Colorectal cancer (cancer of the colon or rectum) is the second leading cause of cancer death in the US. Only lung cancer kills more Americans. In 2005, about 145,000 new cases of colorectal cancer will be diagnosed, with The American Cancer Society predicting 56,000 colorectal cancer deaths. More than five percent of Americans can expect to get the disease in their lifetimes. Today, about 50% of those diagnosed die within five years.
Colorectal cancer begins without symptoms. Effective screening is critical because when found early, the cancer is curable in at least 90%. Screening also prevents cancer by discovering pre-cancerous growths on the inner wall of the colon or rectum (polyps) allowing them to be removed before cancer develops.
But many people still don’t get screened. Maybe they don’t have the facts, feel awkward, or just postpone the issue. We at GASTROCare® are committed to saving lives by doing all we can to educate our patients and the public about the importance of timely and effective colorectal cancer screening.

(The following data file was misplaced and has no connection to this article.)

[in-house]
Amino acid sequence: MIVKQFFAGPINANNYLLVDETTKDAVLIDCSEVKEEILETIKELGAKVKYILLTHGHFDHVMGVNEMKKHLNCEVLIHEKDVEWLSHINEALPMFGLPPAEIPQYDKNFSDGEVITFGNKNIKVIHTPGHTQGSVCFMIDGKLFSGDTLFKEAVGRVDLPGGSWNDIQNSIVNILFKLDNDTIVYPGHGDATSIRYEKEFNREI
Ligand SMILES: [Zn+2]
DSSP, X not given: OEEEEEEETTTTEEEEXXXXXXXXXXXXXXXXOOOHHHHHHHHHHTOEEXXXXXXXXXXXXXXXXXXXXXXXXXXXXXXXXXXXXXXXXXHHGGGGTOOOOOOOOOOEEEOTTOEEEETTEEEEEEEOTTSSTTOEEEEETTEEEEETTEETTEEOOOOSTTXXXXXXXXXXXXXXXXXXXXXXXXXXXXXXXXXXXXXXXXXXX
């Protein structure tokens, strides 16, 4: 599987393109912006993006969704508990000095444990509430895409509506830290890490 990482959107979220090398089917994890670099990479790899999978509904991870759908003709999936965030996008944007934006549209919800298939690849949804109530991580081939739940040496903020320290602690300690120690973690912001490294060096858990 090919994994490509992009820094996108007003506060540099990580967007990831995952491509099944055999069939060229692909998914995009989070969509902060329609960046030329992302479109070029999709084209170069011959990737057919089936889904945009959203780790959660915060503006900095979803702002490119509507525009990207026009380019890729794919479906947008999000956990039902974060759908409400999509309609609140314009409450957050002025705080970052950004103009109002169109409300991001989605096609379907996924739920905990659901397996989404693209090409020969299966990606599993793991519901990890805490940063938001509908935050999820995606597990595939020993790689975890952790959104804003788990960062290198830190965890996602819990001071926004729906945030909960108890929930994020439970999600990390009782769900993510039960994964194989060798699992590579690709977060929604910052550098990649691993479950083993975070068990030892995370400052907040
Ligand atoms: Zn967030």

What is Colorectal Cancer? Cancer occurs when cells start multiplying out of control due to genetic or environmental factors or both. Cancer originating in the colon is called colon cancer, while cancer in the rectum is called rectal cancer. The term colorectal cancer refers to both.
Where and What is the Colon? The main job of the colon, also called the large intestine, is to recycle fluid and some remaining nutrients from the digested food passing into it from the small intestine. In a typical day, over nine liters of fluid pass through the colon walls. This consists not only of liquids drunk that day, but the fluids circulating through the body as part of the digestive process. The rectum is at the end of the colon connecting it to the anus and the outside of the body.
What are the Symptoms of Colorectal Cancer? Colorectal cancer quite often develops without any noticeable symptoms. This is why screening for early detection is essential, especially if you're in a high risk group.
Undetected, colorectal cancer may eventually produce symptoms such as:
Blood in or on the stool; red, dark red, or black stool
Changes in bowel habits, such as narrower stools
Abdominal discomfort (gas pains, fullness, cramps, etc)
Weight loss for no apparent reason
Diarrhea, constipation, or feeling that the bowel does not
These are the most common symptoms of colorectal cancer, but may also be symptoms of other digestive disorders. Contact your gastroenterologist promptly if you have or develop any of these symptoms.